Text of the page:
The reaction of global stock markets to Brexit and to Donald Trump's victory has left many investors dumbfounded. Following Brexit, the FTSE 100 has gained as much as 10% in value and after Trump's victory, it also moved higher. Both results were supposed to mean a high degree of uncertainty and challenges for the UK, European and US economies. However, it hasn't turned out that way - yet.
The full impact of Brexit is unlikely to be felt for at least two or three years. It may even be a decade before we can say whether it was a good or a bad thing for the UK economy. As such, judging the performance of the UK economy since the referendum in June is akin to counting chickens before they've hatched. Nobody knows exactly how things will pan out and this is likely to lead to considerable uncertainty once Article 50 is invoked.
This is due to take place in the first quarter of 2017, at which point Brexit may come into sharper focus for investors. Negotiations between the UK and the EU are unlikely to be a friendly, happy event and could cause the UK's future to appear highly challenging at times.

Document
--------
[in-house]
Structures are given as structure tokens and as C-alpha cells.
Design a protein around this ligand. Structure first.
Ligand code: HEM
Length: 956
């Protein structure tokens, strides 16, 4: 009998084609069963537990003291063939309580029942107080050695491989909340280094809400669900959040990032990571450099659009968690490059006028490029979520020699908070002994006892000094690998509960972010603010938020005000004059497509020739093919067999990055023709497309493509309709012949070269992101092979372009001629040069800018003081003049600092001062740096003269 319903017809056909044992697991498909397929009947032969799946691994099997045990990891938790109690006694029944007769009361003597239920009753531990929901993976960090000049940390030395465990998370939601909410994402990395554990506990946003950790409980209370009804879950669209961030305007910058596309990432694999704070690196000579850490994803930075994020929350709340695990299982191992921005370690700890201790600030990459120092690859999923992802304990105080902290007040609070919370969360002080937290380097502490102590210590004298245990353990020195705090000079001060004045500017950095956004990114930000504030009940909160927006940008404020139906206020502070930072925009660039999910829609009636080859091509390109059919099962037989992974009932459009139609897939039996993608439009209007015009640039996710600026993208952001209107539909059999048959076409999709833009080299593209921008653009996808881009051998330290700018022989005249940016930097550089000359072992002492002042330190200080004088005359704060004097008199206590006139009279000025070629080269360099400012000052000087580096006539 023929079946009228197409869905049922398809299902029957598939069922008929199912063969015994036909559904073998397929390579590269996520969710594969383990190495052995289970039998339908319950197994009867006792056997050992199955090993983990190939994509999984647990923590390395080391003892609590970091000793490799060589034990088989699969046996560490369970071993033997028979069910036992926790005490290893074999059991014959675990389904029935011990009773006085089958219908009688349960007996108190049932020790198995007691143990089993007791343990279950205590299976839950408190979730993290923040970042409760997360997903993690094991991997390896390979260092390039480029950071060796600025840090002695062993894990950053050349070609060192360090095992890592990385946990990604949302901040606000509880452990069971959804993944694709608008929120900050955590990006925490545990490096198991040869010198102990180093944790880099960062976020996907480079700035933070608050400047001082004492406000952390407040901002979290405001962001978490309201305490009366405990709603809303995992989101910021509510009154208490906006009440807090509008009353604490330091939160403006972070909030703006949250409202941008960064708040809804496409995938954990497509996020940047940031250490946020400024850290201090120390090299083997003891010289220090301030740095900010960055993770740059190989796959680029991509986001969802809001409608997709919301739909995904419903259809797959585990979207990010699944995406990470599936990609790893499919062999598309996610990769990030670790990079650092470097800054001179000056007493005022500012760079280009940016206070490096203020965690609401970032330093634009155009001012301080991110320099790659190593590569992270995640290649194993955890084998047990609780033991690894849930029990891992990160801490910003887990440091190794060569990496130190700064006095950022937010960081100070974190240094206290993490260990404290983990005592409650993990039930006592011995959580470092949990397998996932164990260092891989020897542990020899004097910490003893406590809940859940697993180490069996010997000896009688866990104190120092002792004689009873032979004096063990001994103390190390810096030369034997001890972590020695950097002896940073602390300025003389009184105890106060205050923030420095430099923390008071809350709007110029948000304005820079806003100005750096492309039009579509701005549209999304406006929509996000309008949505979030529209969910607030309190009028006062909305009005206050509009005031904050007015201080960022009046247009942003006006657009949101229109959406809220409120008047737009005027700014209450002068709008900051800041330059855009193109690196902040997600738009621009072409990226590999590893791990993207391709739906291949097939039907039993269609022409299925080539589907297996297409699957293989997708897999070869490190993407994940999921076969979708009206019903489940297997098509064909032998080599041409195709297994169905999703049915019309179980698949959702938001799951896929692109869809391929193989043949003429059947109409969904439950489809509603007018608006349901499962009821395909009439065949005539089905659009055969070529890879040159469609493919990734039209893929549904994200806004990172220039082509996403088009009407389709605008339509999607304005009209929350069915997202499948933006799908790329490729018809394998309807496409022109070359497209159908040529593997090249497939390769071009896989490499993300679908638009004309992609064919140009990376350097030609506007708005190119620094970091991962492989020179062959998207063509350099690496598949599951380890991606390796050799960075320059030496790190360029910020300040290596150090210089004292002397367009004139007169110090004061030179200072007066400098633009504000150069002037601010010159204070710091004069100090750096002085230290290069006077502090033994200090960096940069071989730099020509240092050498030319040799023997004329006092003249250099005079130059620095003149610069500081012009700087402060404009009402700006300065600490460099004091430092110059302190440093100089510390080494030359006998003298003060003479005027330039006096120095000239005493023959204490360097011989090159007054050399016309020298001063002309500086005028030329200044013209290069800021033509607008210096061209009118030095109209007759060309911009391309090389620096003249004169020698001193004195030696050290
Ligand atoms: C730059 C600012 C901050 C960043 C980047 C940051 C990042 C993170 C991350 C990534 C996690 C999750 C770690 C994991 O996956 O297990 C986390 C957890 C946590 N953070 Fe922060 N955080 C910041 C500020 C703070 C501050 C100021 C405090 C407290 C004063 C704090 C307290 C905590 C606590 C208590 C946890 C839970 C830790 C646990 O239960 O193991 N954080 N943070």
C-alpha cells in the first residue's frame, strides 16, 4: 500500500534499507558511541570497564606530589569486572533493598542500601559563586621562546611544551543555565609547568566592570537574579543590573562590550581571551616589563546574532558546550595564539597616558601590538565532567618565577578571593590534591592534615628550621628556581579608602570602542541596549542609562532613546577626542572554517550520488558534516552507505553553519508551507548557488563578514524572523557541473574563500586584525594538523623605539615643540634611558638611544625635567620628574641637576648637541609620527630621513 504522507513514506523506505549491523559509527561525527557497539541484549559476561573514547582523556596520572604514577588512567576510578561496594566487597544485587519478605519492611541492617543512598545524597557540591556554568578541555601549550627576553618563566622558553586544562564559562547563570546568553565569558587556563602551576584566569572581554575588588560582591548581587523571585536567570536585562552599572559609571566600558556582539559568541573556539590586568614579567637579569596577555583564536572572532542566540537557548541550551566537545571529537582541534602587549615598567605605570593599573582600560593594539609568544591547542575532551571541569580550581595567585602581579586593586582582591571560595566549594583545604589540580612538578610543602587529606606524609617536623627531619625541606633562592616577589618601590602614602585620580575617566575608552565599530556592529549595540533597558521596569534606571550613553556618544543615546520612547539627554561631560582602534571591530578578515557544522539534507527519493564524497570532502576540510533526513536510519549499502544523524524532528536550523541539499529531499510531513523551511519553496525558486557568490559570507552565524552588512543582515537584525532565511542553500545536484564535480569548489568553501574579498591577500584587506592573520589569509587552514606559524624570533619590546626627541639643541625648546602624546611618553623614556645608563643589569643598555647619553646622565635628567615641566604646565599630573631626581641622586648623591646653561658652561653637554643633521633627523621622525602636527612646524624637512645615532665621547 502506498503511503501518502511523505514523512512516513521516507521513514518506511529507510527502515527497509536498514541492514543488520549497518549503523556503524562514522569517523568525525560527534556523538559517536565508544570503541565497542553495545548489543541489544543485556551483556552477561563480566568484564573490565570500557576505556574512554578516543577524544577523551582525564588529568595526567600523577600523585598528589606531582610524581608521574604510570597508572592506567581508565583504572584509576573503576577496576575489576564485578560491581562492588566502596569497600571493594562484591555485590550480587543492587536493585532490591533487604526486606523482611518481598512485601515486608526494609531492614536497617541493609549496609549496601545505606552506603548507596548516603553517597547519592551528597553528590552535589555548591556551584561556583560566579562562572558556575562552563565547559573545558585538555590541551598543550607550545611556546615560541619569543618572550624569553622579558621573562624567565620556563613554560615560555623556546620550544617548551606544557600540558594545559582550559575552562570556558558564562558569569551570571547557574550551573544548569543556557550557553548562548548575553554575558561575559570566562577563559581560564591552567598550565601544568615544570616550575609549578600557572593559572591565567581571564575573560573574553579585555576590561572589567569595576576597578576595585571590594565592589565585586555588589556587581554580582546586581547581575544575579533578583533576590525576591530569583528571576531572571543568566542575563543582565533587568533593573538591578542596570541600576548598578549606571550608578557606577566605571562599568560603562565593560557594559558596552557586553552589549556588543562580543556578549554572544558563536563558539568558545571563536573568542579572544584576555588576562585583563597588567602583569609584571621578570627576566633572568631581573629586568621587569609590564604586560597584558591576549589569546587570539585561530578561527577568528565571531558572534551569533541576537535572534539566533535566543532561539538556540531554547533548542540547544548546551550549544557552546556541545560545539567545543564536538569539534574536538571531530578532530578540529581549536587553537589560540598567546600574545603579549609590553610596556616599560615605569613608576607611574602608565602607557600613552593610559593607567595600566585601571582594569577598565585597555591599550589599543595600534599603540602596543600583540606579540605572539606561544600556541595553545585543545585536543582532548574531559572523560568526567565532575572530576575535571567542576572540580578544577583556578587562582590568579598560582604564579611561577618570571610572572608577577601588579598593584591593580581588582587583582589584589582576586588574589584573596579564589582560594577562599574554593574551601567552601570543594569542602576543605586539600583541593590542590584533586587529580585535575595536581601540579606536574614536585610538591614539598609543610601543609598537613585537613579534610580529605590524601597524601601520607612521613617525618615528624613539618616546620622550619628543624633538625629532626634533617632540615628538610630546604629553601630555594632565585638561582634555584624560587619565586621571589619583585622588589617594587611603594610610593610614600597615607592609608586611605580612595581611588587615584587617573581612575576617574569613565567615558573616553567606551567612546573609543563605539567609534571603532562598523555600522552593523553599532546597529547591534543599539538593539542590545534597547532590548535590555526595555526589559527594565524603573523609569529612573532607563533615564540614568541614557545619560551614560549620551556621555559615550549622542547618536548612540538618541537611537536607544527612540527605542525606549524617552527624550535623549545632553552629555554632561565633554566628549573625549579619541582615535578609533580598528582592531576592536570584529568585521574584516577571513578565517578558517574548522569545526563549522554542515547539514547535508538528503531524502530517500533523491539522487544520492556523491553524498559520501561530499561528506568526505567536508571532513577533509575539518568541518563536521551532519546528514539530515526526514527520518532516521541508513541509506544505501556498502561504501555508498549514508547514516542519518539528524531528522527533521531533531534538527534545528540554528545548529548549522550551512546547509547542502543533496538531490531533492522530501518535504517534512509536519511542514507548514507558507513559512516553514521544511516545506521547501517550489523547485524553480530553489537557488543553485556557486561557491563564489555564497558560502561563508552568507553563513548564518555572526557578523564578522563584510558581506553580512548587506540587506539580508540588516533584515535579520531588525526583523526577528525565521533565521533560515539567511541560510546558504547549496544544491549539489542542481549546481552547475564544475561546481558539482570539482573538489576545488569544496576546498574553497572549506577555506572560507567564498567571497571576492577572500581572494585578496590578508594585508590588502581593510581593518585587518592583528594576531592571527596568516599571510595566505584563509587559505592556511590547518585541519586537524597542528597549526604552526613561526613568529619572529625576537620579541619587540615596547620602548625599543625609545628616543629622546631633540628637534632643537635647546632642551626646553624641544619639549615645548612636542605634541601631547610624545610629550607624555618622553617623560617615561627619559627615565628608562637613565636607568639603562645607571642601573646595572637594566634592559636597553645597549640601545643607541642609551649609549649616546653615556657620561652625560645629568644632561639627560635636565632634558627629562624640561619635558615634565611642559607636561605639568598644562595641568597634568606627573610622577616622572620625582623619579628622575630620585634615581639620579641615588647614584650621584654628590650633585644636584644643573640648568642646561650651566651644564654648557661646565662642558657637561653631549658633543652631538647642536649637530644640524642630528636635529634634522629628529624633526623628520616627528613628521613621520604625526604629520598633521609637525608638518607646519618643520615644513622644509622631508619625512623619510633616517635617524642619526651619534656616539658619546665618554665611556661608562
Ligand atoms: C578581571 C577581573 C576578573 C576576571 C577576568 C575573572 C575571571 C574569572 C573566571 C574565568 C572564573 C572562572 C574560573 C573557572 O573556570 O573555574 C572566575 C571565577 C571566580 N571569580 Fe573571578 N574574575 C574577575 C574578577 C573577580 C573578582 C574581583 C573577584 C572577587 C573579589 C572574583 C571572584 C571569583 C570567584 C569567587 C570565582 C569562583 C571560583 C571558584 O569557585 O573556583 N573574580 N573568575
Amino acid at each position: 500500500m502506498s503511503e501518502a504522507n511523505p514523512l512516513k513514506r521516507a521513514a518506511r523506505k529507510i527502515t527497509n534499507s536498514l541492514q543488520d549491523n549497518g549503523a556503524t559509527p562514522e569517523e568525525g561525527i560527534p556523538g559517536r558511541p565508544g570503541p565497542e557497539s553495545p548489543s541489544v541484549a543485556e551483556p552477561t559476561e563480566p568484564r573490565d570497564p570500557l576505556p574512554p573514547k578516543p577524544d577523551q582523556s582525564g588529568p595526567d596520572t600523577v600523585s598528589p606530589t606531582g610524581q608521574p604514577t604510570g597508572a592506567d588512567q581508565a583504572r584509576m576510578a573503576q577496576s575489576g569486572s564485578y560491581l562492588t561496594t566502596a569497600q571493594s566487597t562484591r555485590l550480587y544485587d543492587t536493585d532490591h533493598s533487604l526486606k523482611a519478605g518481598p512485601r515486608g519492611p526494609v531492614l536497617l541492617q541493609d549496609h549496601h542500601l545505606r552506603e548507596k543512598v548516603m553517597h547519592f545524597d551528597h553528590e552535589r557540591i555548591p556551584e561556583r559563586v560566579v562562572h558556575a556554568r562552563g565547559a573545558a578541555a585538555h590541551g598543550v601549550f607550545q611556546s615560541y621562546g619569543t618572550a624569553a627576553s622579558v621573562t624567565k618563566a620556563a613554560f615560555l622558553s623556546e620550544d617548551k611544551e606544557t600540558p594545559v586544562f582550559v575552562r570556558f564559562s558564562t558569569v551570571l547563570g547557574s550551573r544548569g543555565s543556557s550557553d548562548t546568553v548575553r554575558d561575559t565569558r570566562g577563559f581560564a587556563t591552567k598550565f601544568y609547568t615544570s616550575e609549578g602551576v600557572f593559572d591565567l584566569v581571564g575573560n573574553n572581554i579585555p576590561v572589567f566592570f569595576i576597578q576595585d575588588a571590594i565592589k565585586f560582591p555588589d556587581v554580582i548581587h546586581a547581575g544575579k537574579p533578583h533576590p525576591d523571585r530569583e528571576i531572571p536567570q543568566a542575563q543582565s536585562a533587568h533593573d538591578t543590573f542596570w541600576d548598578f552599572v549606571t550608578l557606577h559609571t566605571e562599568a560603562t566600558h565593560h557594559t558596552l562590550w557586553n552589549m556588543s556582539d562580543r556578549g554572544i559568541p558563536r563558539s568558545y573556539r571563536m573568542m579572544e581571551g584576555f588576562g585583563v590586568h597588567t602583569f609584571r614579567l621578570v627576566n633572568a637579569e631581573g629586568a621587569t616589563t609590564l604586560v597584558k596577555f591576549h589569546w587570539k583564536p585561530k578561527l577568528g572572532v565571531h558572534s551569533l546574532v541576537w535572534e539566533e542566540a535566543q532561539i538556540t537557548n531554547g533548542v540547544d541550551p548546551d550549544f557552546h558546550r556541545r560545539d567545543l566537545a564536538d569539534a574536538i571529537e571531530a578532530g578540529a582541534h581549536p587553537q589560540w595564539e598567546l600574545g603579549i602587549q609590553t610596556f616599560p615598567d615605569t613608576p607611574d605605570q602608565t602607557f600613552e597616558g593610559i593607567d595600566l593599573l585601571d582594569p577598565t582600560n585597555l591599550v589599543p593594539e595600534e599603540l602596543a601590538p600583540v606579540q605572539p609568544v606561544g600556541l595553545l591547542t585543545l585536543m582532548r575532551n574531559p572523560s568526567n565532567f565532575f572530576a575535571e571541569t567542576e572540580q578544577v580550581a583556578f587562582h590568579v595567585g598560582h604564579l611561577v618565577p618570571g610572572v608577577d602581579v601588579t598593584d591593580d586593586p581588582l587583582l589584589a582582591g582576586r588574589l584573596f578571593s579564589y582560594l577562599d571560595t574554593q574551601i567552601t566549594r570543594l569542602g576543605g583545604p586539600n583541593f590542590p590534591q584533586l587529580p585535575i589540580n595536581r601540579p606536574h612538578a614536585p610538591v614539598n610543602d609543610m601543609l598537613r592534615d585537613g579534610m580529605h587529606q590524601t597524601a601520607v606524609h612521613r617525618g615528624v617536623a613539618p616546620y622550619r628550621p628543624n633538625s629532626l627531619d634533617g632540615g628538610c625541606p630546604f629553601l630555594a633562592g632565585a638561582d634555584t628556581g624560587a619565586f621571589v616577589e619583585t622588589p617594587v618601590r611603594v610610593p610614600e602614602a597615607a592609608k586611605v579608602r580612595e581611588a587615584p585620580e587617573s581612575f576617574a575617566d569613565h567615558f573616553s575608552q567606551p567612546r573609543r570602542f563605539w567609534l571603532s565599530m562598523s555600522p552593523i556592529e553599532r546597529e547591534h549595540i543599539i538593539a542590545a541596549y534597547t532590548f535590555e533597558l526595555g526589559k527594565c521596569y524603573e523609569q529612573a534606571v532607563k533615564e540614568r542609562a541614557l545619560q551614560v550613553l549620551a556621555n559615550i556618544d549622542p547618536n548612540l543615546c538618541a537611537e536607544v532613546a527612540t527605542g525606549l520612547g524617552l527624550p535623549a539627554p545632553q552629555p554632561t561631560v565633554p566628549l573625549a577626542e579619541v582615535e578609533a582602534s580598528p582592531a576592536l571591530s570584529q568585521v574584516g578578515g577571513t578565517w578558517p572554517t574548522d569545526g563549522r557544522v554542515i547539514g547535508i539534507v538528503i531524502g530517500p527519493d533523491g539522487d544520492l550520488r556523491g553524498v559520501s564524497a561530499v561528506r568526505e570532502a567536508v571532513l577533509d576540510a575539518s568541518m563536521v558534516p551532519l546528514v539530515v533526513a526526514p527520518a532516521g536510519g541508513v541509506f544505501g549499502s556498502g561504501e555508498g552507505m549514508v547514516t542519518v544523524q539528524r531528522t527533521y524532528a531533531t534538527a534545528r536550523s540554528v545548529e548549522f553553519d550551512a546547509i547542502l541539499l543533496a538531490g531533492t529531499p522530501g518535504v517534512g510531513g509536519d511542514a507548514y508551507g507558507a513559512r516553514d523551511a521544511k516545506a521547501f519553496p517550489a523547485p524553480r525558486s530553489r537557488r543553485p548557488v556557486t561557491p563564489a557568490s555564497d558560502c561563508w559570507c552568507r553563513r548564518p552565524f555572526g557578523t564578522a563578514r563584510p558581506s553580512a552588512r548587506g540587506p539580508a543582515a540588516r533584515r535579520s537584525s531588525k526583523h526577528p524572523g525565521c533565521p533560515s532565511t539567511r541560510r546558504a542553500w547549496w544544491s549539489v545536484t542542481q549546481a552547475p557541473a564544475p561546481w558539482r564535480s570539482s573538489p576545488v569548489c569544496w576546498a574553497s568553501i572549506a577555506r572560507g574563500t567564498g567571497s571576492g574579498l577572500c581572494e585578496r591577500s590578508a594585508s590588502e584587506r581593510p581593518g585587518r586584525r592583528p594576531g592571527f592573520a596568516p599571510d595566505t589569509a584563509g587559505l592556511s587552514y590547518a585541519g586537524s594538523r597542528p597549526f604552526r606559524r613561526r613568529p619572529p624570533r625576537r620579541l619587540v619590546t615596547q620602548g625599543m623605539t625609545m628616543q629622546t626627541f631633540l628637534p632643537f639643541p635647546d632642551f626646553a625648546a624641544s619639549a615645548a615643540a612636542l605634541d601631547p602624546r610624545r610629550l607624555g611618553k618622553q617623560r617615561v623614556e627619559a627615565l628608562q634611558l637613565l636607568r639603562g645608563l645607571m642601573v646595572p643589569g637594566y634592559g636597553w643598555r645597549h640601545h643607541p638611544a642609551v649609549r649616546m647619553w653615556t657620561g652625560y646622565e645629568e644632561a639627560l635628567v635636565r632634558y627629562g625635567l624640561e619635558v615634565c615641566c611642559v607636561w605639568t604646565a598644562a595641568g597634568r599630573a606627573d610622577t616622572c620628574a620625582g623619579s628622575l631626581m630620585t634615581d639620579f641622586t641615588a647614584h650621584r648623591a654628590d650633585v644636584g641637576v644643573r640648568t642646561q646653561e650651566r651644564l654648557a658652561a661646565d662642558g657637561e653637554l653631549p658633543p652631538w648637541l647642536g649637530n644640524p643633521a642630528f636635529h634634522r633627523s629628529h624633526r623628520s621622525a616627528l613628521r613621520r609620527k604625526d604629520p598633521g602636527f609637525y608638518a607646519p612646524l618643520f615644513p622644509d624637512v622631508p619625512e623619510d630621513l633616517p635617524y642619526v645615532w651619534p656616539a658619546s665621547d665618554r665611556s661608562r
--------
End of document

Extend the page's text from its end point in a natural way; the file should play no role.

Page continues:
After all, the UK and EU are essentially beginning divorce proceedings. Few divorces end amicably and this could weigh on investors' minds throughout 2017. That's especially the case since both sides have an interest in presenting a tough negotiating stance to their domestic audiences. As such, areas such as access to the single market and immigration demands made by the UK may be denied - at least publicly - by the EU, as it plays hardball to dissuade other EU members from deciding to leave.
Similarly, Donald Trump hasn't yet taken office. We're in a lame duck period where nobody knows how he will seek to govern the US. He's likely to make multiple changes to policies including taxation, spending, foreign policy and immigration. After all, he campaigned on a programme of change and it seems extremely unlikely that he'll accept the status quo.
Trump's policies aren't only unknown in terms of their detail, they're unknown with regard to whether they'll work. This could cause investors to become increasingly uneasy once he takes office in January and begins to implement potentially higher spending and lower taxation policies. As a result, investors may become increasingly risk-off in 2017 and this could cause share prices in the US and across the globe to fall.
The uncertainty surrounding Brexit and a Trump presidency is likely to rise significantly in 2017. This could leave long-term investors with a superb opportunity to buy high quality stocks at a discount to their current valuations. And with Brexit and Trump as president being arguably the two most significant political changes in decades, 2017 could prove to be the best buying opportunity for a generation.